February Blooms in California

Lemonade Berry Bush (Rhus integrifolia) Santa Monica Mtns, Photo by Kathy Vilim

Lemonade Berry Bush (Rhus integrifolia) SantaMonicaMtns, Photo Kathy Vilim

Lemonade Berry Bush is covered in Bees! Someone forgot to tell these guys that Valentine’s Day is over~ look at all the love these blooms are getting!

While most of the country is cold and full of snow, ice & sleet events, out here in SoCal the picture is very different.  We have some nice temps, yes, but it is dry. Very dry. I set out to see what is in bloom this month in the Santa Monica Mtns.  The grass is a crispy tan/gray color. The winds are warm. There has been NO rainfall, so how are these drought-tolerant chaparral plants faring?

Despite the Drought in California, which by some reports is the worst in 500 years, this chaparral plant Lemonade Berry Bush (Rhus integrifolia) is thriving with only 1-2” of rain this winter instead of our 15″ average.  It is also blooming, lovely pink blossoms, which though small have not escaped notice of the bees.  I am not good at IDg bees, so I can’t tell you which bees came to this bush, just that there were a LOT of them covering the bush and could care less about my presence.

Lemonade Berry, (Rhus integrifoila) as slope cover from Santa Barbara to Ventura, photo courtesy LasPilitasNursery

Lemonade Berry, (Rhus integrifoila) as slope cover from Santa Barbara to Ventura, photo courtesy LasPilitasNursery

Rhus integrifolia

Lemonade Berry is an evergreen shrub that is great for a bird garden. Yes, the berries are edible, and a sort of lemonade can be made from them. Native from Santa Barbara south to San Diego County, Lemonade Berry can grow near the ocean as well as inland, and even surviving in desert areas. Lemonberry is good for erosion control, important on coastal bluffs. The plants are mostly fire proof. In the case of a wildfire, they will be among the last plants to burn. (though some summer watering is suggested for fire areas.) Rhus integrifolia Communities include Chaparral and Coastal Sage Scrub.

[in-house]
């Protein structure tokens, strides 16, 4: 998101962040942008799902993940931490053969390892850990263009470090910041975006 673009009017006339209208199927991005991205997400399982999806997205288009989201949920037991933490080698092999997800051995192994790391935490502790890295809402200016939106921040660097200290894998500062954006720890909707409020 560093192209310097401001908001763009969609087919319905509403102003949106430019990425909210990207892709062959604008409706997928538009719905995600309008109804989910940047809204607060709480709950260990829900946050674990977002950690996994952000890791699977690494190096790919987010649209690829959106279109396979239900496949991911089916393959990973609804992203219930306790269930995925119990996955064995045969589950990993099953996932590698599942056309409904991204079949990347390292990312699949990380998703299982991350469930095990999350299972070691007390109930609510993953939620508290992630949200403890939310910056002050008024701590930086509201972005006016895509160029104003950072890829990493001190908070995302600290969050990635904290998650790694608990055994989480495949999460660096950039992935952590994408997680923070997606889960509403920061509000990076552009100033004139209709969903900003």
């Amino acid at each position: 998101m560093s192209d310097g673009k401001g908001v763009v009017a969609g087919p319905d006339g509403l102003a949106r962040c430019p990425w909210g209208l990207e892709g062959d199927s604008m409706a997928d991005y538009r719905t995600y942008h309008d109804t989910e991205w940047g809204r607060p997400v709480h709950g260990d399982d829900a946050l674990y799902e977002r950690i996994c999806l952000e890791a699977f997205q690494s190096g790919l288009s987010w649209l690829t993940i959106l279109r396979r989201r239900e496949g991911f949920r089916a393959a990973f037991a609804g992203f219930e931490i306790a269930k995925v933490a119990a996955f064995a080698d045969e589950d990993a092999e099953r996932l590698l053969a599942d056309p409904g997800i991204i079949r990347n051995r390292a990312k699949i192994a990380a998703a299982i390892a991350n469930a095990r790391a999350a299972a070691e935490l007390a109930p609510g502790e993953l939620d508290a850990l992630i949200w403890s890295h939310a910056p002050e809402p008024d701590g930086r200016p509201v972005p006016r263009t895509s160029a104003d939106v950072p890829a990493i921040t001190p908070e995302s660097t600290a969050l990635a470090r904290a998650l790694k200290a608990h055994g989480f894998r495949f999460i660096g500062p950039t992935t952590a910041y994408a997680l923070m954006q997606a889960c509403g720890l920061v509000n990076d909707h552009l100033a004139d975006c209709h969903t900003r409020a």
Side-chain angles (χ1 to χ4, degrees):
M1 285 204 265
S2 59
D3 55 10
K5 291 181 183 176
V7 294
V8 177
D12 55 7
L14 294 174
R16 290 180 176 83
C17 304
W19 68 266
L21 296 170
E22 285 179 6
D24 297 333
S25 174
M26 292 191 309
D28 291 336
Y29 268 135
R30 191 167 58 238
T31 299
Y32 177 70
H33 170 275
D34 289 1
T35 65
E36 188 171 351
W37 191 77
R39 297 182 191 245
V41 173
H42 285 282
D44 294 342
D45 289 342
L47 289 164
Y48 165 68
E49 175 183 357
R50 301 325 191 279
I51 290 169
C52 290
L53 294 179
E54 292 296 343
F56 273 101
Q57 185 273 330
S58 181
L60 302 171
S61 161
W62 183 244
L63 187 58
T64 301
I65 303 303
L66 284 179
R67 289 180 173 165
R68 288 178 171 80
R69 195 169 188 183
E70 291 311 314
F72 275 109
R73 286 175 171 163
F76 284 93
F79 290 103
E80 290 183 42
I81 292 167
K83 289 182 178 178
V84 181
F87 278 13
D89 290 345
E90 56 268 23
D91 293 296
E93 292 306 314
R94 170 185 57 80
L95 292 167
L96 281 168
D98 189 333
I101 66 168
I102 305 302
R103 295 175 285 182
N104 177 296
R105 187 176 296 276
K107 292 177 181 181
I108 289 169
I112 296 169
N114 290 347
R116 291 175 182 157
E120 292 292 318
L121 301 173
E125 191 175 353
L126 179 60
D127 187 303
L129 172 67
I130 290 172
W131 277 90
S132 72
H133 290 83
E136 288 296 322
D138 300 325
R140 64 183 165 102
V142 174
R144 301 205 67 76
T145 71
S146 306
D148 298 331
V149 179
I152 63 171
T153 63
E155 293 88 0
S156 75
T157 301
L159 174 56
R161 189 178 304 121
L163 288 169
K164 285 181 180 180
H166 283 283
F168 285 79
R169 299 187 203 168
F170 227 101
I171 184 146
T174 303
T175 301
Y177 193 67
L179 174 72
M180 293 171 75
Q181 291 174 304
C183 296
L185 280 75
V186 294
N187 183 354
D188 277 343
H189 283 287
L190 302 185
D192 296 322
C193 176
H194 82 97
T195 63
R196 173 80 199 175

What else is blooming in the Santa Monica Mtns in February? Last year, I was showing you  Spring Blooms on California’s Central Coast. Despite this year’s severe drought in Southern California there were some blooms to surprise me.   I spied the interesting Bladderpod plant, also known as California Cleome.

Anna's Hummingbird on California Cleome, aka Bladderwort (Isomeris arborea) Photo Courtesy of LasPilitasNursery.com
Anna’s Hummingbird on California Cleome, aka Bladderwort (Isomeris arborea) Photo Courtesy of LasPilitasNursery.com

Isomeris arborea

California Cleome (Bladder Pod) is a compact nicely shaped plant with yellow tubular flowers, just right for hummingbirds to sip from. The fruits, when dry, resemble paper lanterns with seeds that rattle inside!

California cleome is an evergreen shrub that can handle a variety of harsh conditions such as extreme dry. Isomeris arborea suffers in wet winters, as it does not like to be overwatered.  (No problem this year!)  Yet, California cleome still loves to grow on coastal bluffs with all the salt spray.

It is visited by pollinators such as Anna’s Hummingbirds and butterflies like the Brown Elfin or the Acmon Blue, though I did not see any pollinators on the bush this day.

Communities for Isomeris arborea include: Creosote Bush Scrub, Coastal Sage Scrub and Joshua Tree Woodland.

Bladderwort Bush (CA Cleome), with Dried Fruit, Kern County, CA, photo courtesy LasPilitasNursery

Bladderwort Bush (CA Cleome), with Dried Fruit, Kern County, CA, photo courtesy LasPilitasNursery

So when people ask: Why plant natives? This is one very good reason: What else could survive this year’s California Drought?  No matter where you live and what type of weather you are having, you can feel confident that somehow nature will be resilient. Native plant gardens and trees will endure. And wildlife will make it back again despite all odds, soon~

© 2014, Kathy Vilim. All rights reserved. This article is the property of BeautifulWildlifeGarden.com We have received many requests to reprint our work. Our policy is that you are free to use a short excerpt which must give proper credit to the author, and must include a link back to the original post on our site. Please use the contact form above if you have any questions.

Related Posts with Thumbnails

Comments

Trackbacks

Leave a Reply

Your email address will not be published. Required fields are marked *

CommentLuv badge